Both are absolutely critical to the shape of the America we live in today. Both are fulcra, balancing a more innocent and vulnerable America of the past with a changed nation that confronted a vastly different future world. » Continue Reading.


Saturday, September 6, 2014

Commentary: Electric Cars in the Adirondacks

VoltOur most recent time in the Adirondacks had an interesting dimension for Amy and me. In early August, right at the height of our busy performing season – during which we are almost constantly on the road – our beloved Subaru WRX blew its engine. Thrillingly for us it was just out of warranty, guaranteeing that the curve to fix it, both in time and money, would be a long and brutal one. Having an immediate need to hit the highway for several weeks straight, we were faced with three choices: rent (ouch), buy a used car and hope for the best, or buy a new car.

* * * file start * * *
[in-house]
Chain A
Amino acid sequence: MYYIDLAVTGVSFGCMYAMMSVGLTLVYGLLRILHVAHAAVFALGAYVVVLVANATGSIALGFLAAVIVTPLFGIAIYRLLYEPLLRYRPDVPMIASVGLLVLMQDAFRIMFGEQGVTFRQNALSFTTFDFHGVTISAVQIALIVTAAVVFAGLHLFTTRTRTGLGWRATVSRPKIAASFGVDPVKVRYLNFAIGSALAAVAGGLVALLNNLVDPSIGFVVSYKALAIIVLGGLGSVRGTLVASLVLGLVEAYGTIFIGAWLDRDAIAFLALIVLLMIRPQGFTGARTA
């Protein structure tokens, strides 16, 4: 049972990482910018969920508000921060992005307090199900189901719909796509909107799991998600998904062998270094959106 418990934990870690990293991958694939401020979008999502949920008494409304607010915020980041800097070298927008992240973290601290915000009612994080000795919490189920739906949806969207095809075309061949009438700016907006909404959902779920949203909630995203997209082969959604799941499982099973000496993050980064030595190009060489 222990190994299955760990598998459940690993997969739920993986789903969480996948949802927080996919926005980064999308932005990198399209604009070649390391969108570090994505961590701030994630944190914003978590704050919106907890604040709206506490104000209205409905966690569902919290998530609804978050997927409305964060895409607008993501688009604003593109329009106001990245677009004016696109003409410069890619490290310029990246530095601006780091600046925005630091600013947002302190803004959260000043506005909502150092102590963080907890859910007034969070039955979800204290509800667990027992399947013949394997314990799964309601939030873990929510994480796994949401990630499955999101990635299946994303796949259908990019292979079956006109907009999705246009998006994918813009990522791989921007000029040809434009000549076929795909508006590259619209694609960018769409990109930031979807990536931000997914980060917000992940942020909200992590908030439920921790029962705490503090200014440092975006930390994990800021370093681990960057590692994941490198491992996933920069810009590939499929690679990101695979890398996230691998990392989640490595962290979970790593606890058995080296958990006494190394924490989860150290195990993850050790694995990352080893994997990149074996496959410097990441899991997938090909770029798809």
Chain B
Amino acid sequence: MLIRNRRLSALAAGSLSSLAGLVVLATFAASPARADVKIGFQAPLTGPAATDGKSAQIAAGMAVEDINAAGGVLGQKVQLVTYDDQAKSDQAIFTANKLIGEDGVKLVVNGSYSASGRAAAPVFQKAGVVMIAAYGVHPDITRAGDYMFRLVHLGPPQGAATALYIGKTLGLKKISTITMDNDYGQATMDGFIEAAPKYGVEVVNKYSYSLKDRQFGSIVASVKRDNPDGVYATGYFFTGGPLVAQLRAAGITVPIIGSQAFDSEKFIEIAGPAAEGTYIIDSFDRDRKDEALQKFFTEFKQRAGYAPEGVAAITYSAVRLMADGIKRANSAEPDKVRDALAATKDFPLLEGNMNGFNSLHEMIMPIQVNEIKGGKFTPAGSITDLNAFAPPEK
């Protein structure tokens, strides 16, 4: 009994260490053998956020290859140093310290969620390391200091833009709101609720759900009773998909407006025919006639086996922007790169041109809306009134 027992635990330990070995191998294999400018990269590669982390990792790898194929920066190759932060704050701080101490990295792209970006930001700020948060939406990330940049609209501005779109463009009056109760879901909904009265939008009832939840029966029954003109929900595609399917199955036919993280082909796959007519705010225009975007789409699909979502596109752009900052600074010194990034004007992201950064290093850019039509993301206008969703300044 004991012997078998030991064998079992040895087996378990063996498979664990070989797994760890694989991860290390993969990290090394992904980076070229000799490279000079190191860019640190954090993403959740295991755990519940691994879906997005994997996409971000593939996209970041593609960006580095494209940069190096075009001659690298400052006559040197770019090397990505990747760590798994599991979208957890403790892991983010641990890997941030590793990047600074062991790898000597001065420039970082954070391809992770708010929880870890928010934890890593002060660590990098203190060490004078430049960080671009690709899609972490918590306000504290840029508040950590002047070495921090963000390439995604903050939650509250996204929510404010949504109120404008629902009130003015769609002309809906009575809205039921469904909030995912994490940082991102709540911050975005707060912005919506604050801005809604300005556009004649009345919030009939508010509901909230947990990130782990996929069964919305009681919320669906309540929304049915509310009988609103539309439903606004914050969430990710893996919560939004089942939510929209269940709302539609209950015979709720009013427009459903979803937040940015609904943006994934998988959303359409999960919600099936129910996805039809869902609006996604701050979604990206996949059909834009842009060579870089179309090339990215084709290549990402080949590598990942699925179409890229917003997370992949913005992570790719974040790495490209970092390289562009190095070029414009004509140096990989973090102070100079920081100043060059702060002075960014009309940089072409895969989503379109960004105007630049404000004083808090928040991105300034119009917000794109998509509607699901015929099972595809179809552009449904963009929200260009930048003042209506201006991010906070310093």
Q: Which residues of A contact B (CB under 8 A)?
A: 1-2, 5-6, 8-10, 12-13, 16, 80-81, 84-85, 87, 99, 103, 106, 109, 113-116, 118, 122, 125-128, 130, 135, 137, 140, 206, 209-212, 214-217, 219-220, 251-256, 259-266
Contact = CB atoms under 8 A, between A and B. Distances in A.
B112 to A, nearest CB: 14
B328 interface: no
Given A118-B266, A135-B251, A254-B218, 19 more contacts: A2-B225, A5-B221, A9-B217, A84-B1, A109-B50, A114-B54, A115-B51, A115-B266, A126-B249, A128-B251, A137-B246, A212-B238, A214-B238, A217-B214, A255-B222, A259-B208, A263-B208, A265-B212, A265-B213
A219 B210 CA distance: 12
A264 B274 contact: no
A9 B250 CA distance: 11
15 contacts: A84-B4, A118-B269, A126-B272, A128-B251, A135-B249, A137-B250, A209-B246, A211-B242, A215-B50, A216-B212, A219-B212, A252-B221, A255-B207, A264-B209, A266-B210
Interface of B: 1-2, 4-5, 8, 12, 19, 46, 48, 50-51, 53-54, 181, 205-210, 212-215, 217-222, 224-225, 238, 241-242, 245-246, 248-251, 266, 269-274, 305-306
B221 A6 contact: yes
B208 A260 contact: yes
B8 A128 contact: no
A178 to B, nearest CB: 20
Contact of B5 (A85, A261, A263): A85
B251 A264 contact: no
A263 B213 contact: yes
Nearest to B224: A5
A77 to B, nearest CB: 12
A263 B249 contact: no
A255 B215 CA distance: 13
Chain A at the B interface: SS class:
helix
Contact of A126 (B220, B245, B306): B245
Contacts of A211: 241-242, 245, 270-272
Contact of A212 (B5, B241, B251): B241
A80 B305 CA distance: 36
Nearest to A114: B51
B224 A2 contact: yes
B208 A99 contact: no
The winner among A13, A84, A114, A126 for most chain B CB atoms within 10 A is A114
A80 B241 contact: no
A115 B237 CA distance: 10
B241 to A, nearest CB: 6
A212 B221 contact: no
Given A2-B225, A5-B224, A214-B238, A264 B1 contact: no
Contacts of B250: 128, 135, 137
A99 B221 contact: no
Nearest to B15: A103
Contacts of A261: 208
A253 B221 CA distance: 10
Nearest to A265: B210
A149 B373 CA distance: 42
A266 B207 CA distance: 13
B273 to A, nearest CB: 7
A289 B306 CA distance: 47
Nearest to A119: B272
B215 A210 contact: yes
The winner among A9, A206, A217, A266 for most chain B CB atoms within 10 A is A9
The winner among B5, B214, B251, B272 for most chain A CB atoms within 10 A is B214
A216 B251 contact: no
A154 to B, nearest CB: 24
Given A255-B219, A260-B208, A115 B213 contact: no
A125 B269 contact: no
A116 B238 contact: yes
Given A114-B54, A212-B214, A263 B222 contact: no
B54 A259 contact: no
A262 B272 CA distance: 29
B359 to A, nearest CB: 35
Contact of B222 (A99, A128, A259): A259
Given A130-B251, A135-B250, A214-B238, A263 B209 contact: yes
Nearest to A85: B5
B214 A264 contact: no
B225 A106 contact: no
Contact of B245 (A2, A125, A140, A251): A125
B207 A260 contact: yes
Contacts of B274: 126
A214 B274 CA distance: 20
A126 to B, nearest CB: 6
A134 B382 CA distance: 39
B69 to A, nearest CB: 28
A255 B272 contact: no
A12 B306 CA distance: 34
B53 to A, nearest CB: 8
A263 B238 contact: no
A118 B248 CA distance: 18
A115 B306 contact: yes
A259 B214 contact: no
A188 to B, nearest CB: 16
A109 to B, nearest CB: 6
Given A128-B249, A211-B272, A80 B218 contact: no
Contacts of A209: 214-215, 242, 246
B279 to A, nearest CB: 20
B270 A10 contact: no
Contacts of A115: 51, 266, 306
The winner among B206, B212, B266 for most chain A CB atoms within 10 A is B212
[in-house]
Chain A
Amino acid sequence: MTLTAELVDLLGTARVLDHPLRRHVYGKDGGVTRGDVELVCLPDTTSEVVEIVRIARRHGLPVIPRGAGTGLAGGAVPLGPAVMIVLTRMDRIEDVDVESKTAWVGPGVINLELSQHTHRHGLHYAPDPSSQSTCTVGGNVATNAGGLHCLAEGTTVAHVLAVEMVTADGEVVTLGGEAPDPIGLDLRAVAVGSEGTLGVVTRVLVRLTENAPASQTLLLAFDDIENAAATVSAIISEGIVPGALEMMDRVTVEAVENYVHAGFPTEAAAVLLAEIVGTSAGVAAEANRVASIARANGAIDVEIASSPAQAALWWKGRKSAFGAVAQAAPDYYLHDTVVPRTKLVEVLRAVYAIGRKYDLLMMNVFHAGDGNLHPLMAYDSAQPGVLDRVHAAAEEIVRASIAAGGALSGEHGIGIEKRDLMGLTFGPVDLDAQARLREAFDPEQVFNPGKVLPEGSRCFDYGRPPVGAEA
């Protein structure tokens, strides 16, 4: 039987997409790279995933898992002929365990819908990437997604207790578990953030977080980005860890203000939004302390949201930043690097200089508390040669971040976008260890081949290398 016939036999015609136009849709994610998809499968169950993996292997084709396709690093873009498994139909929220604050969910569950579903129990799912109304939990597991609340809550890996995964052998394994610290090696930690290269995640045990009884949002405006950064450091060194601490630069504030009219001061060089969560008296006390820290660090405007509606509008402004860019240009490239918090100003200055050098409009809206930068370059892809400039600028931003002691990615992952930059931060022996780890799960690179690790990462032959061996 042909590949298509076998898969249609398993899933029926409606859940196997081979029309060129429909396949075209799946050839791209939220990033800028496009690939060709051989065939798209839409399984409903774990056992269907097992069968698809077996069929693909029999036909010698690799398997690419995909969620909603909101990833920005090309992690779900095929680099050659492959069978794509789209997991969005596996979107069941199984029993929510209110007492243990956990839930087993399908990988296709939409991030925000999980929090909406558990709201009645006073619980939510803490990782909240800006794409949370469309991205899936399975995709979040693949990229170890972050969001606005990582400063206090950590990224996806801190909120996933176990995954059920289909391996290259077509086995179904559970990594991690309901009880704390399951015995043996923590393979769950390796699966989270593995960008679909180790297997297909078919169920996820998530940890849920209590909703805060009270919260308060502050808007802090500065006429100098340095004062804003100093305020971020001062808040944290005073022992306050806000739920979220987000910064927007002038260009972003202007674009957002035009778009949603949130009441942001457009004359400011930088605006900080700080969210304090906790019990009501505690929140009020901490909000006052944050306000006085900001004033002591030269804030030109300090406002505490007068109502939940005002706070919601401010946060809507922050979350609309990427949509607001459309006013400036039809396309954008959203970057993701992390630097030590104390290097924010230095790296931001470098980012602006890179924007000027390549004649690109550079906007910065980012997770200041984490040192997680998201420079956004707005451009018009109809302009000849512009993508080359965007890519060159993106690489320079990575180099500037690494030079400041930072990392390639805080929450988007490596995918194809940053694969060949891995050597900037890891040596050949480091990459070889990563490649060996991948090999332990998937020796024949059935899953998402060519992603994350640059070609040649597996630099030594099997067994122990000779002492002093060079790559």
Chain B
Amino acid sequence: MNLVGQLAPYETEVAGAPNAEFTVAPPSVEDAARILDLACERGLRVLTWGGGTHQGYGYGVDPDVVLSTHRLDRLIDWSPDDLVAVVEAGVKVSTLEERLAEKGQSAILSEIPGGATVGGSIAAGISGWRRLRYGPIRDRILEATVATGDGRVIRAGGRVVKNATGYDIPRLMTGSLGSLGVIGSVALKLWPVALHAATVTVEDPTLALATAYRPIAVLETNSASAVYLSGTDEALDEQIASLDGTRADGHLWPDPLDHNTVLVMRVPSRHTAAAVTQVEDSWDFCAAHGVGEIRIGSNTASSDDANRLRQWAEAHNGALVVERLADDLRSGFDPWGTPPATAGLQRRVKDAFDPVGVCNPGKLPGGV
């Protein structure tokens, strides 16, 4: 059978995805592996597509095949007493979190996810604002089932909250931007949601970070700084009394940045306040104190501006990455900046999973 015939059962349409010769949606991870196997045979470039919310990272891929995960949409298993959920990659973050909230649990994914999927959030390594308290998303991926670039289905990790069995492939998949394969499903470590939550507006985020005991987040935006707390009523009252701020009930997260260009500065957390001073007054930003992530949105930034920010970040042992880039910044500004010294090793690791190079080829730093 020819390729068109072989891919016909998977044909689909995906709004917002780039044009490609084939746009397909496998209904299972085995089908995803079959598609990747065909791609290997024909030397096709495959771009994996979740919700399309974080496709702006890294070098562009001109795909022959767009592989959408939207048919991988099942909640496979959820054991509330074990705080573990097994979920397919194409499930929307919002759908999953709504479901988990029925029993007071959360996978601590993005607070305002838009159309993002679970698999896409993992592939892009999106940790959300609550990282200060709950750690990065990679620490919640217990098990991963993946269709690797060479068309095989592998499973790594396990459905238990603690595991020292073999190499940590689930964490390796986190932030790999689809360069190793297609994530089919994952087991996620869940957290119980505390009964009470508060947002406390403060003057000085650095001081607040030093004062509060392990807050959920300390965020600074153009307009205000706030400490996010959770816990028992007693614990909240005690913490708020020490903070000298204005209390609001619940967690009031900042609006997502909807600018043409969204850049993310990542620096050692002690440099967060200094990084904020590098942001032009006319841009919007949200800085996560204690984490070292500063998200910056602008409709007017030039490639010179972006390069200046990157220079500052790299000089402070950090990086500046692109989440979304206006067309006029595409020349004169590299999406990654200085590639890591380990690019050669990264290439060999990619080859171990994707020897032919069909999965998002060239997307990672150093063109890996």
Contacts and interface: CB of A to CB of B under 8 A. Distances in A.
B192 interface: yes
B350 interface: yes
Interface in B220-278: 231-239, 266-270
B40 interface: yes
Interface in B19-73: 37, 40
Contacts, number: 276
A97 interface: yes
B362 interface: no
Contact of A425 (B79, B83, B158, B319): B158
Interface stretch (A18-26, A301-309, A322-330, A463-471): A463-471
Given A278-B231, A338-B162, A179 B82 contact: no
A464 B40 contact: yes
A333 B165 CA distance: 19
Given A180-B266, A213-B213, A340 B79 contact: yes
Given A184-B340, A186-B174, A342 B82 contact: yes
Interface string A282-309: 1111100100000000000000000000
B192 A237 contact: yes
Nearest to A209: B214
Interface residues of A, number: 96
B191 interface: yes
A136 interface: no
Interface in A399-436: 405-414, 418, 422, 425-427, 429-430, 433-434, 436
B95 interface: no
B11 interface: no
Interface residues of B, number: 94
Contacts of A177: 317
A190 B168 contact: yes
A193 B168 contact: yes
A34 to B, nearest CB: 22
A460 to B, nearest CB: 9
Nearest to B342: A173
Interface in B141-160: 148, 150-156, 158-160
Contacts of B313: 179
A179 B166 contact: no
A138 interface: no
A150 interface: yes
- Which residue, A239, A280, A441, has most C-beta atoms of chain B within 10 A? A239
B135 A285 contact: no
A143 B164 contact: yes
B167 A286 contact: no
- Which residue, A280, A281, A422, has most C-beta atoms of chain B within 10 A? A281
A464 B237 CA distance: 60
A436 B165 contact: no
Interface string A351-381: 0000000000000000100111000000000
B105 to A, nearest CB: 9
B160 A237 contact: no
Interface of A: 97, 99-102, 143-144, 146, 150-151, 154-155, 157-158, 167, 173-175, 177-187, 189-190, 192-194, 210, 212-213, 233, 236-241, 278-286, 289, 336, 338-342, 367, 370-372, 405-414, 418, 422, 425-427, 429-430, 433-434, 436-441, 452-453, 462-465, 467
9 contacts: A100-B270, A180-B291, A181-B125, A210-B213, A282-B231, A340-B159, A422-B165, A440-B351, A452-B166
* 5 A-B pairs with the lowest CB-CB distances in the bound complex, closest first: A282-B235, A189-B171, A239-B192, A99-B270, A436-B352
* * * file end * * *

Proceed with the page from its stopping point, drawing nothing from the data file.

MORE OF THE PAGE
The only sure option was the last one and although it was a financial obligation we’d rather not have taken, it presented us with an opportunity to take the plunge a few years earlier than planned on a long-term dream we have harbored: to own an electric car. So we did our research, selected a brand, test drove a demo, measured the trunk length with the seats down (very important for professional stilt walkers), miraculously secured credit approval and bought ourselves a Chevy Volt. » Continue Reading.


Saturday, August 30, 2014

Lost Brook Dispatches: Giants in the Mist